Students, parents lead ‘March For Our Lives’ protest in Blaine

Story and photos by Stefanie Donahue

Joining hundreds of thousands of protestors in cities across the globe, approximately 75 people, including students, parents and teachers, took part in ‘March For Our Lives’ in Blaine on March 24 to protest mass shootings at U.S. schools and call on lawmakers to tighten gun restrictions.

Created and led by students, ‘March For Our Lives’ drew hundreds of thousands of people to Washington, D.C. and thousands more to 800 other connected protests. In Bellingham, roughly 3,000 people took part in the demonstration on Saturday.

The protest followed the death of 17 individuals who were shot at Marjory Stoneman Douglas High School in Parkland, Florida on February 14. Days after the shooting, students from the high school came together to organize ‘March For Our Lives’ in Washington, D.C.

In Blaine, tenth graders Aurora Edwards, 15, and Emma Breedlove, 16, helped organize the march. They were encouraged to do so by their school guidance counselor, Rick Vander Yacht. Edwards’ grandfather, Jeff Schamel, created signs to promote the local march and her dad, Robert Edwards, agreed to speak at the event in support. The city granted a parade permit and the Blaine Police Department cordoned off the road to escort marchers safely through town.

Around noon, approximately 75 people showed up to the Blaine Senior Center, eagerly hoisting signs with messages that read ‘Never Again’ and ‘Students Demand Action.’ They proceeded to Peace Arch State Park, where Aurora and her dad, Robert, spoke. Other people also addressed the crowd.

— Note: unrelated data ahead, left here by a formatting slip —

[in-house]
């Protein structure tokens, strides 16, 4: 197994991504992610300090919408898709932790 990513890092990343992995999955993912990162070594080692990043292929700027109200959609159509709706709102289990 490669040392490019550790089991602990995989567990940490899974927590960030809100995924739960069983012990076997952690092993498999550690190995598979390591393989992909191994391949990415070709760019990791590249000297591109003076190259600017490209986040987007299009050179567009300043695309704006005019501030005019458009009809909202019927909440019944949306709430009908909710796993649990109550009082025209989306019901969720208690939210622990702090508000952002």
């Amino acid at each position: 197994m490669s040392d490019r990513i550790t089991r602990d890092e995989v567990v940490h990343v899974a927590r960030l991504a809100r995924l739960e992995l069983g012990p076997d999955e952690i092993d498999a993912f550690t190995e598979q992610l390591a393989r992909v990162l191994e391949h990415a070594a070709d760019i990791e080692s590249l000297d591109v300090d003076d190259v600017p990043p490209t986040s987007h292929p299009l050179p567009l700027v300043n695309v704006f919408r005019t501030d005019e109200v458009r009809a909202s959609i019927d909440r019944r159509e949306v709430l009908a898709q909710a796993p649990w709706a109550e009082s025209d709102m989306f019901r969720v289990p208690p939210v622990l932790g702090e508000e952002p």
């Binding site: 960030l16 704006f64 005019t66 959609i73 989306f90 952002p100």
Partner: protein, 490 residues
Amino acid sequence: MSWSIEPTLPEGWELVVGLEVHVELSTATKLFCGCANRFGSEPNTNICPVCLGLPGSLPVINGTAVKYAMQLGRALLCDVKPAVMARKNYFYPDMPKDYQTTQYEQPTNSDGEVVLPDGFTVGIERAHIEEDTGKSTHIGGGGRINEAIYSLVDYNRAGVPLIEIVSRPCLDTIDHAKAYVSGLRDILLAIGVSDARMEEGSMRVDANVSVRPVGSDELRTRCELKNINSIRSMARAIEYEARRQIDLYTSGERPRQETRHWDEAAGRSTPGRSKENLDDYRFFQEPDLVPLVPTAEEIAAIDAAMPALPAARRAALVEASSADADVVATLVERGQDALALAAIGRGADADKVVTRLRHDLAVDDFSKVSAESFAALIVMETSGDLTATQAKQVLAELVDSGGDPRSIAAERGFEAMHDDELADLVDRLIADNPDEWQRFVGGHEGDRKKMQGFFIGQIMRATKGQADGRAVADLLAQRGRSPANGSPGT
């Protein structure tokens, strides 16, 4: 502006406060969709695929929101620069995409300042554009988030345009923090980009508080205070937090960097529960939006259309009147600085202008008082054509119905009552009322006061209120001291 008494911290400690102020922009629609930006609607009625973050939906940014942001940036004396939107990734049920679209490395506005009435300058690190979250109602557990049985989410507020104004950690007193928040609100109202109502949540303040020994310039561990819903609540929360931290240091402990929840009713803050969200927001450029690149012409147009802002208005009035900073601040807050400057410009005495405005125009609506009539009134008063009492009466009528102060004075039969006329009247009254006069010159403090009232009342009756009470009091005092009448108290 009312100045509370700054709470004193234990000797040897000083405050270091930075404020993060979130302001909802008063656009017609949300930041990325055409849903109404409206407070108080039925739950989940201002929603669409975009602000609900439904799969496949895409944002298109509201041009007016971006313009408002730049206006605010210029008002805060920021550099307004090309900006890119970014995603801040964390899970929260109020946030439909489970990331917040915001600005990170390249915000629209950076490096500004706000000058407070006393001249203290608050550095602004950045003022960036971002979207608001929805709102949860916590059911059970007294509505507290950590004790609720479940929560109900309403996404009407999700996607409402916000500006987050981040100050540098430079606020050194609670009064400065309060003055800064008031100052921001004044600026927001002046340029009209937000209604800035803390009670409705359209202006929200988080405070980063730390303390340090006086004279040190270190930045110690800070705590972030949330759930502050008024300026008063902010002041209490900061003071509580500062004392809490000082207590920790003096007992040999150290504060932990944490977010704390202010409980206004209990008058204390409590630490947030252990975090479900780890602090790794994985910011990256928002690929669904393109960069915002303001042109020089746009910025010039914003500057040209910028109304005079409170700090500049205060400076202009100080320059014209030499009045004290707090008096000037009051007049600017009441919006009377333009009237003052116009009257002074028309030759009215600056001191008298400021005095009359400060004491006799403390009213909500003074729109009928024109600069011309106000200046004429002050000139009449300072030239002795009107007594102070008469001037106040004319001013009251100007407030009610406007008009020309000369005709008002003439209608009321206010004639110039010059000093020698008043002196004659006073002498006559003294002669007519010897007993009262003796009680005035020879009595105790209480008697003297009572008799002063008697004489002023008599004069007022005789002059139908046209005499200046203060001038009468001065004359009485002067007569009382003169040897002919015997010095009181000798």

“Our kids don’t feel safe anymore and that’s unacceptable,” Robert said. “Why has there been so little change up to this point?” He added, “Our elected representatives don’t represent us. They represent their donors. […] That change is going to have to come from us.”

Aurora said, “Enough is enough. We shouldn’t have to be scared to be at school. We’re there to learn.”

Blaine High School English and Advancement Via Individual Determination (AVID) teacher Christine St. Pierre addressed the crowd and said, “I don’t want a gun. I want new books.”

Despite the local turnout, not all residents were in support of the march.

On The Northern Light’s Facebook page, reader Richard Moon said, “I’ve never seen so many people fight to get their rights taken away.” Reader Betty Guthrie added, “No law will ever stop evil in the hearts of mankind.”

‘March For Our Lives’ organizers are asking people to sign a petition that calls on lawmakers to ban the sale of assault weapons and high-capacity magazines and to tighten background check laws, among other things.

To learn more about March For Our Lives or to sign the petition, visit marchforourlives.com.

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